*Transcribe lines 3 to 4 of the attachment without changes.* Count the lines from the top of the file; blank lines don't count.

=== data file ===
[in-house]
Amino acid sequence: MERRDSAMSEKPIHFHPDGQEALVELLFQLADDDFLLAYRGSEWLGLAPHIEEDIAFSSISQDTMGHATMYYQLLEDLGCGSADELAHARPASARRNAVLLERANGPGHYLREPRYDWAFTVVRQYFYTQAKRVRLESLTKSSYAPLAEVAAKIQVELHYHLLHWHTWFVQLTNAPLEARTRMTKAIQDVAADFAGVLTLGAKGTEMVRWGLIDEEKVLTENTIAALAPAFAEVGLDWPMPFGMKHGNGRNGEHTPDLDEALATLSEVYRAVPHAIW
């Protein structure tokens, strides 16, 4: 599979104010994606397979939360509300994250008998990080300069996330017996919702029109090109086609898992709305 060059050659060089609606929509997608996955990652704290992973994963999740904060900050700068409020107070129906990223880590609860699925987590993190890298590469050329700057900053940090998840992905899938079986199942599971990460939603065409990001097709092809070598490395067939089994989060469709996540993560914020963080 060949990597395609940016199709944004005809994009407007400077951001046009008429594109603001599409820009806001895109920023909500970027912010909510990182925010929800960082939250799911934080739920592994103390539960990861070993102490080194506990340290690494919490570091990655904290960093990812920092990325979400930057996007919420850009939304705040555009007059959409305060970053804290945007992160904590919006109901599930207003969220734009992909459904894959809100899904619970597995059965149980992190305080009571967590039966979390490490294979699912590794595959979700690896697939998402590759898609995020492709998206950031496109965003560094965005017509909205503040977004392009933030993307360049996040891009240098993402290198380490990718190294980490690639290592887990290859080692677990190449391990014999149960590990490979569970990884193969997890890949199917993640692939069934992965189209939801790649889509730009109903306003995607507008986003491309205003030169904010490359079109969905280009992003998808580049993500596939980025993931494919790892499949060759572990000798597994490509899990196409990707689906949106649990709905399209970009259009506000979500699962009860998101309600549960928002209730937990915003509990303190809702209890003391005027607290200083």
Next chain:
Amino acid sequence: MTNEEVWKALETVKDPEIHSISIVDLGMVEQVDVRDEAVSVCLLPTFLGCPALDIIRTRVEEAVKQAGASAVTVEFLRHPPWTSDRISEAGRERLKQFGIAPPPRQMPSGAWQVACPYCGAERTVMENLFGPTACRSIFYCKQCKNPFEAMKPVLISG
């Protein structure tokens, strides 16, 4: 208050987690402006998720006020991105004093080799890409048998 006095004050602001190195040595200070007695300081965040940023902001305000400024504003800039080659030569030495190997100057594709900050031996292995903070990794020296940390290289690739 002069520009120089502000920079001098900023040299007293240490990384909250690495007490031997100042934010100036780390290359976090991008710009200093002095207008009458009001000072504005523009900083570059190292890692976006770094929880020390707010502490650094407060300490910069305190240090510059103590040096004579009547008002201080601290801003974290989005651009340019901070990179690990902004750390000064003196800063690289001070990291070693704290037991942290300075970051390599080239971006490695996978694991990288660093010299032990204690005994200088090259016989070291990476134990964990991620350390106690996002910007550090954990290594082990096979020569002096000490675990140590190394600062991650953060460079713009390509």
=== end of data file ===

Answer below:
């Protein structure tokens, strides 16, 4: 599979104010994606397979939360509300994250008998990080300069996330017996919702029109090109086609898992709305 060059050659060089609606929509997608996955990652704290992973994963999740904060900050700068409020107070129906990223880590609860699925987590993190890298590469050329700057900053940090998840992905899938079986199942599971990460939603065409990001097709092809070598490395067939089994989060469709996540993560914020963080 060949990597395609940016199709944004005809994009407007400077951001046009008429594109603001599409820009806001895109920023909500970027912010909510990182925010929800960082939250799911934080739920592994103390539960990861070993102490080194506990340290690494919490570091990655904290960093990812920092990325979400930057996007919420850009939304705040555009007059959409305060970053804290945007992160904590919006109901599930207003969220734009992909459904894959809100899904619970597995059965149980992190305080009571967590039966979390490490294979699912590794595959979700690896697939998402590759898609995020492709998206950031496109965003560094965005017509909205503040977004392009933030993307360049996040891009240098993402290198380490990718190294980490690639290592887990290859080692677990190449391990014999149960590990490979569970990884193969997890890949199917993640692939069934992965189209939801790649889509730009109903306003995607507008986003491309205003030169904010490359079109969905280009992003998808580049993500596939980025993931494919790892499949060759572990000798597994490509899990196409990707689906949106649990709905399209970009259009506000979500699962009860998101309600549960928002209730937990915003509990303190809702209890003391005027607290200083």
Next chain: